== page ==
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Claiming personal tax on a van across 4years ?!

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Good evening, 

my partner purchased a new van a week ago and I'm not 100% confident on how to add it as an expense. It was £30k .. old van previously claimed as full expense was traded in for £9k. We paid £9k of our own money as a deposit and the rest is spread across 4yrs on 0%.

So what do I claim for. Obviously not the trade in amount.

do I claim the money we paid as a deposit and also any monthly payments to the end of this tax return and then claim the rest of the payments yearly? 
I use quick books so the only payments showing will be these, is this correct? 

Replies (13)

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By Paul Crowley
09th Sep 2021 18:49

It depends on what the financing really is
If the purchase is a capital item then capital allowances apply
If you are effectively renting a van then then the payments are Profit and loss

Who does the tax return?
If you are not comfortable with the understanding of capital allowances then get some advice

Thanks (2)
Psycho
By Wilson Philips
09th Sep 2021 19:04

If your partner can afford to pay £30k for a van he can afford a few hundred £ for advice on how to get it right.

Thanks (5)
RLI
By lionofludesch
09th Sep 2021 19:38

Are you on cash accounting or accruals accounting ?

Are your partner's profits, before deducting the van expense, above or below £40000?

I agree with the posters above, too.

You say you're not 100% confident - how many percent confident are you ? Low enough to start thinking it's time to look for an accountant, never mind what Sanjeev says about how simple Quickbooks is ?

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Replying to lionofludesch:
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By Paul Crowley
09th Sep 2021 21:52

Genuine cash accounting Is probably rare. Never used it myself
But very valid comment as capital allowances become.....Challenging.

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Replying to Paul Crowley:
RLI
By lionofludesch
09th Sep 2021 22:07

Paul Crowley wrote:

Genuine cash accounting Is probably rare. Never used it myself
But very valid comment as capital allowances become.....Challenging.

Rare or not, the OP can't be answered until we know.

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By AdamMurphy
09th Sep 2021 19:52

B-b-but the adverts say you snap a photo and Quickbooks does it all for you?

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Replying to AdamMurphy:
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By Paul Crowley
09th Sep 2021 20:00

Based on their advertising no human needed
The same advert used by HMRC at the start of MTD promotion
MTD, the thing you do on the escalator
and according to the HMRC at the time, free software for all

Thanks (3)
My photo
By Matrix
09th Sep 2021 20:06

The bookings in Quickbooks are accounting entries. You claim a tax deduction or allowance on your tax return so your accountant can make the necessary adjustments at the end of the tax year.

Don’t worry, HMRC also thinks that you can compute reliable tax figures through your software so you are not alone.

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By Tax Dragon
11th Sep 2021 11:11

I wonder what Paul "Tooth" Crowley makes of your "obviously not the trade in amount" comment. You might get the same answer by ignoring both the disposal value of £9k and £9k of the acquisition cost as you would get by including both. You might not. But it seems to me that, whether the answer is the same or different, only one of these treatments can be correct.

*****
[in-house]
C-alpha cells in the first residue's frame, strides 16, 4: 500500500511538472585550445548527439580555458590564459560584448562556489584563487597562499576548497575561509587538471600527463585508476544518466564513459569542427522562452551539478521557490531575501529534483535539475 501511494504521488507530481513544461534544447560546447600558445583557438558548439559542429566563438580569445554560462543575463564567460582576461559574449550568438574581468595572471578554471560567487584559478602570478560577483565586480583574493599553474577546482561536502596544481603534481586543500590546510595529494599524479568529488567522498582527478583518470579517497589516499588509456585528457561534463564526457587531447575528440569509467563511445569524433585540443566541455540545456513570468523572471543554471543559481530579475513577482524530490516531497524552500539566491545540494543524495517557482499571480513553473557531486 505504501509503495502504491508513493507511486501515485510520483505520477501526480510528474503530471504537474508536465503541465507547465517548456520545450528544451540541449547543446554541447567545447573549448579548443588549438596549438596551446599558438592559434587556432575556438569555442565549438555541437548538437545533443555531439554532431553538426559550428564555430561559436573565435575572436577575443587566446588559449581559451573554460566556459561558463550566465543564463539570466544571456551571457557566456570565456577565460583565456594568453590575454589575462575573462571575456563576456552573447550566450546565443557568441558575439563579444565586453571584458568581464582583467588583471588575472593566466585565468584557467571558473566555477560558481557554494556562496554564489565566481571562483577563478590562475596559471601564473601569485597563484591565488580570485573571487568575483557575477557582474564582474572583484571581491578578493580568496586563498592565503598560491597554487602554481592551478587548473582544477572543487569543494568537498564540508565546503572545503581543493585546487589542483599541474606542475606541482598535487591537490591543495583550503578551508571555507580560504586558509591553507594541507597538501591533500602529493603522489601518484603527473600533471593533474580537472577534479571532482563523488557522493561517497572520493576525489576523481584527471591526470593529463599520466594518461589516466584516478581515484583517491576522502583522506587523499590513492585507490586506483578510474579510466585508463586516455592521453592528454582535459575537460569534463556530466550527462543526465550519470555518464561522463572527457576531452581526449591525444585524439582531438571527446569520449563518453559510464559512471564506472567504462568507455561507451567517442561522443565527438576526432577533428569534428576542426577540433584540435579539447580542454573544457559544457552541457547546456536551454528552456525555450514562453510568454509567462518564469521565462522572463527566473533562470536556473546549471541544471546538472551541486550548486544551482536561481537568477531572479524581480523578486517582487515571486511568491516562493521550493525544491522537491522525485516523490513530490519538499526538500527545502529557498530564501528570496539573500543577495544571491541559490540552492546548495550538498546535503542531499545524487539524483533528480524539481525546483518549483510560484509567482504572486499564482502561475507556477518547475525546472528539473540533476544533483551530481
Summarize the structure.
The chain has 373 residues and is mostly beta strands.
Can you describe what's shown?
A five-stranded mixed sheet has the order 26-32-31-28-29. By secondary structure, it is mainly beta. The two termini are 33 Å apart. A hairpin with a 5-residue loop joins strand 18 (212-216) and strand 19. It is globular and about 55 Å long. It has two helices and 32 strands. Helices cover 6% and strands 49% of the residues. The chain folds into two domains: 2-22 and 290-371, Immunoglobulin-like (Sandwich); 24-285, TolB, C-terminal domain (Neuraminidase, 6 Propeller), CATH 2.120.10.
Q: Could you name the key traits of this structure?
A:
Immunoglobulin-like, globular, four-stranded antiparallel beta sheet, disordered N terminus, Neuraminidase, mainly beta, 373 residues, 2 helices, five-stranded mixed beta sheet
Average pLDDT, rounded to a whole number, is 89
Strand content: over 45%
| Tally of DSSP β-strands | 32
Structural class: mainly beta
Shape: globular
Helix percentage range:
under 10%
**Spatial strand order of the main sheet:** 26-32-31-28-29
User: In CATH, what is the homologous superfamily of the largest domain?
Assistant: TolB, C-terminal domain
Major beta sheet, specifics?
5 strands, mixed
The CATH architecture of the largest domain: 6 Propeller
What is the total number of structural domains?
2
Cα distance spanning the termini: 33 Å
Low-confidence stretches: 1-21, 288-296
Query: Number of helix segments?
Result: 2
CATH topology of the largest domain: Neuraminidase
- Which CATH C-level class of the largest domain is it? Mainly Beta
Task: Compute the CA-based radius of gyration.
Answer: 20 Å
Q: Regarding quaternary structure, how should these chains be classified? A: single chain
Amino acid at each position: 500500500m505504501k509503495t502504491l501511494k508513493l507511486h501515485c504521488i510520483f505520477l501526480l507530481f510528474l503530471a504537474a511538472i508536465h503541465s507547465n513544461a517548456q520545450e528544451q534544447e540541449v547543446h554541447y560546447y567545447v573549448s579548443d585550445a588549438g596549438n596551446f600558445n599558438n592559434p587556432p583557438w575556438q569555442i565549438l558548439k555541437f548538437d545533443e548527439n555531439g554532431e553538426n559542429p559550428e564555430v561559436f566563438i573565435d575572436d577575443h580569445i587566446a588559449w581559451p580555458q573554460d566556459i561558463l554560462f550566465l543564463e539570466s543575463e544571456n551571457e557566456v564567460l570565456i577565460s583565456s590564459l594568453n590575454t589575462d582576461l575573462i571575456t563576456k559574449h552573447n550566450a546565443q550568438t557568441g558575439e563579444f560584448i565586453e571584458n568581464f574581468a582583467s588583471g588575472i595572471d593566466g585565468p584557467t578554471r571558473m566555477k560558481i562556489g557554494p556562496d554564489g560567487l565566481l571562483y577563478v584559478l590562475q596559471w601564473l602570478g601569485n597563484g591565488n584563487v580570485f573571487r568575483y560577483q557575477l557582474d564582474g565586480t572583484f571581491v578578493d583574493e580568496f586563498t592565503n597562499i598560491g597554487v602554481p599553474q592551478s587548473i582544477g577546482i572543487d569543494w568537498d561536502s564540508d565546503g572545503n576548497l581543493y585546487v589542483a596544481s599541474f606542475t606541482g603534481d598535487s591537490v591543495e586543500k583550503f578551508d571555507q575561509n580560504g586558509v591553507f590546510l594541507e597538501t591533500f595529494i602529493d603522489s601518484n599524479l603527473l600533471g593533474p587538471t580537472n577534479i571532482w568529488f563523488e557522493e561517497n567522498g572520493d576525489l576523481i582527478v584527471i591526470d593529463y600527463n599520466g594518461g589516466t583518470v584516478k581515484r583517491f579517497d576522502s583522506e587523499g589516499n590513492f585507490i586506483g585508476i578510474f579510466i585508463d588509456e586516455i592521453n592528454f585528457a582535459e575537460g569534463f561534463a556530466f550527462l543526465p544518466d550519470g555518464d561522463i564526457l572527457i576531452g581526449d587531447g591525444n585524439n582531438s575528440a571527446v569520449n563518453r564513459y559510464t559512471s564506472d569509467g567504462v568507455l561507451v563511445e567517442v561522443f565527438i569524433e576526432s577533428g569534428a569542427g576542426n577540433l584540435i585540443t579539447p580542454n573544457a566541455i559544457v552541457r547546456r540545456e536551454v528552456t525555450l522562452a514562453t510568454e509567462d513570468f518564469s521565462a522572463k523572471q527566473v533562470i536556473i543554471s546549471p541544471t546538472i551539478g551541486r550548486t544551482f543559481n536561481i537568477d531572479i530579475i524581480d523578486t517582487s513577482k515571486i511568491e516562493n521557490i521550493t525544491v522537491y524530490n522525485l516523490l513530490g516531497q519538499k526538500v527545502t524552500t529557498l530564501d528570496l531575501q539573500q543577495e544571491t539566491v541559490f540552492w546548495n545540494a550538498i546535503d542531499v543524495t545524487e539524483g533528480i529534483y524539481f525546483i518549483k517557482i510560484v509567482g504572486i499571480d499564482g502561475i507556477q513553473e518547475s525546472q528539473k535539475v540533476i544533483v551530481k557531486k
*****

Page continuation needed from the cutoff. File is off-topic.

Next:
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Replying to Tax Dragon:
RLI
By lionofludesch
11th Sep 2021 12:19

[sigh]

Ah - those were great days when you cold leave behind a balancing charge to cover your personal allowance and augment your losses with Capital Allowances to carry back four years and claim a tax repayment with huge amounts of interest.

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Replying to lionofludesch:
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By Tax Dragon
11th Sep 2021 12:38

Can you not do that now? Obviously not if on the cash basis. And obviously not either way if you ignore it (per the OP). And obviously huge amounts of interest no longer exist. But the basic idea can still work?

Or no? (I'm feeling seriously out of date today, what with this and DJKL's comment on trust accounting.)

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Replying to Tax Dragon:
RLI
By lionofludesch
11th Sep 2021 13:12

Tax Dragon wrote:

Can you not do that now? Obviously not if on the cash basis. And obviously not either way if you ignore it (per the OP). And obviously huge amounts of interest no longer exist. But the basic idea can still work?

Or no? (I'm feeling seriously out of date today, what with this and DJKL's comment on trust accounting.)

No. Balancing charges and Capital Allowances are now part of profits instead of stand alone charges and claims.

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Replying to lionofludesch:
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By Tax Dragon
11th Sep 2021 13:44

Aha. Yeah I can see you'd get extra planning opps if they were separate (and also didn't have to be netted off against each other). You must've had some weird rules in the old days. (Although maybe weirdness is a product of what you're used to... possibly the generation growing up with MTD as part of the fabric will find out about how we do things now and think that just as weird.)

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